Songs of Separation Queen's Halll Edinburgh 2016 Review. Eliza Carthy, Jenny Hill, Hannah James, Karine Polwart, Hannah Read, Kate Young, Hazel Askew, Mary Macmaster, Jenn Butterworth and Rowan Rheingans.

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Songs of Separation at The Queen’s Hall examines through music and song separation in its many forms...separation from a loved one, from family, a country, even a language feature in this performance that combines the talents of 10 leading folk musicians from Scotland and England who met (many for the first time) for a week on the island of Eigg to develop and complete this project .


Our musicians Eliza Carthy, Jenny Hill, Hannah James, Karine Polwart, Hannah Read, Kate Young, Hazel Askew, Mary Macmaster, Jenn Butterworth and Rowan Rheingans all bring different skills and backgrounds to this project, but under the leadership of Jenny Hill (who is also the main developer of this project) everything comes together in an interesting evening of new songs and music, old songs and music and old words with new music.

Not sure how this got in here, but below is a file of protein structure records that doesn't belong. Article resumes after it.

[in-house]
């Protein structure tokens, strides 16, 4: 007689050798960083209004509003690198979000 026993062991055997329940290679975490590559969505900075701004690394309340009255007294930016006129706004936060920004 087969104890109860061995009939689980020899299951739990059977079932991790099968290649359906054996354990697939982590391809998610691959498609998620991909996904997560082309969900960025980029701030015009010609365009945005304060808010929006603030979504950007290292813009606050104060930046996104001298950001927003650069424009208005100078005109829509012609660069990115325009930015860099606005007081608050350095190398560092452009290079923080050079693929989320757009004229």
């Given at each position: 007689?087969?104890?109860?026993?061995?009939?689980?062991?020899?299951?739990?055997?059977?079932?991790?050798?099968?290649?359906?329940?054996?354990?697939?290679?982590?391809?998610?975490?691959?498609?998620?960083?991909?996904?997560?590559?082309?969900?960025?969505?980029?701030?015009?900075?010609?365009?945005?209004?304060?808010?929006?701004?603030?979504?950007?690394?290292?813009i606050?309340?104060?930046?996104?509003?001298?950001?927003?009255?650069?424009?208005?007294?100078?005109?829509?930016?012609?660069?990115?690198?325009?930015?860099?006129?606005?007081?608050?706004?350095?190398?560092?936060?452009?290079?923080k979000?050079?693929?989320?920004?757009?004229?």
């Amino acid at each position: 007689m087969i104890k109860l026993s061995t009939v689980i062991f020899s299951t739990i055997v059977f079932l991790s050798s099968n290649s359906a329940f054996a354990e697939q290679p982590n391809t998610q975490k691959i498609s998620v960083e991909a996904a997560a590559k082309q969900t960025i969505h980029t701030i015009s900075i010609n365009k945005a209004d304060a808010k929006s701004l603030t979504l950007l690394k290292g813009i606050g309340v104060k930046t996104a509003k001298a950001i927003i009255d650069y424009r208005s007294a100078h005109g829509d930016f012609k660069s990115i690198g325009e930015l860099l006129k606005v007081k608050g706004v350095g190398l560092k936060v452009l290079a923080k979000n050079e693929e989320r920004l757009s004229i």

Many of the older traditional songs such as “Unst Boat Song” “Over the Border” (with both its Scottish and English variants explained a little here)  and Robert Burns’ Jacobite poem set to music “It Was A For Our Rightful’ King” will be familiar to many in the audience tonight but adaptations from  Danish poetry and  Bulgarian folk music may be something new for them...all however have a theme of “separation” and somehow it all fits in here.


New songs too such as “Echo Mocks The Corncrake” tie in well with the island and sea traditions of Eigg while “Wings on my Heels” laments the passing of the old dance halls.


A favourite for the night for me though was a song that has its probable roots in the old music halls but is now only found as a Scottish folk song – “London Lights”.  This tale of the young girl, unmarried and with a young child cast out by her family and everyone she knows, is just as relevant now as when it was written.  In fact, all of the separation themes here are timeless and some are brought into sharper focus with the recent (and current) political issues around us today.


More information on this project and the CD is available from their website at
http://www.songsofseparation.co.uk/

Review by Tom King

 

 

 

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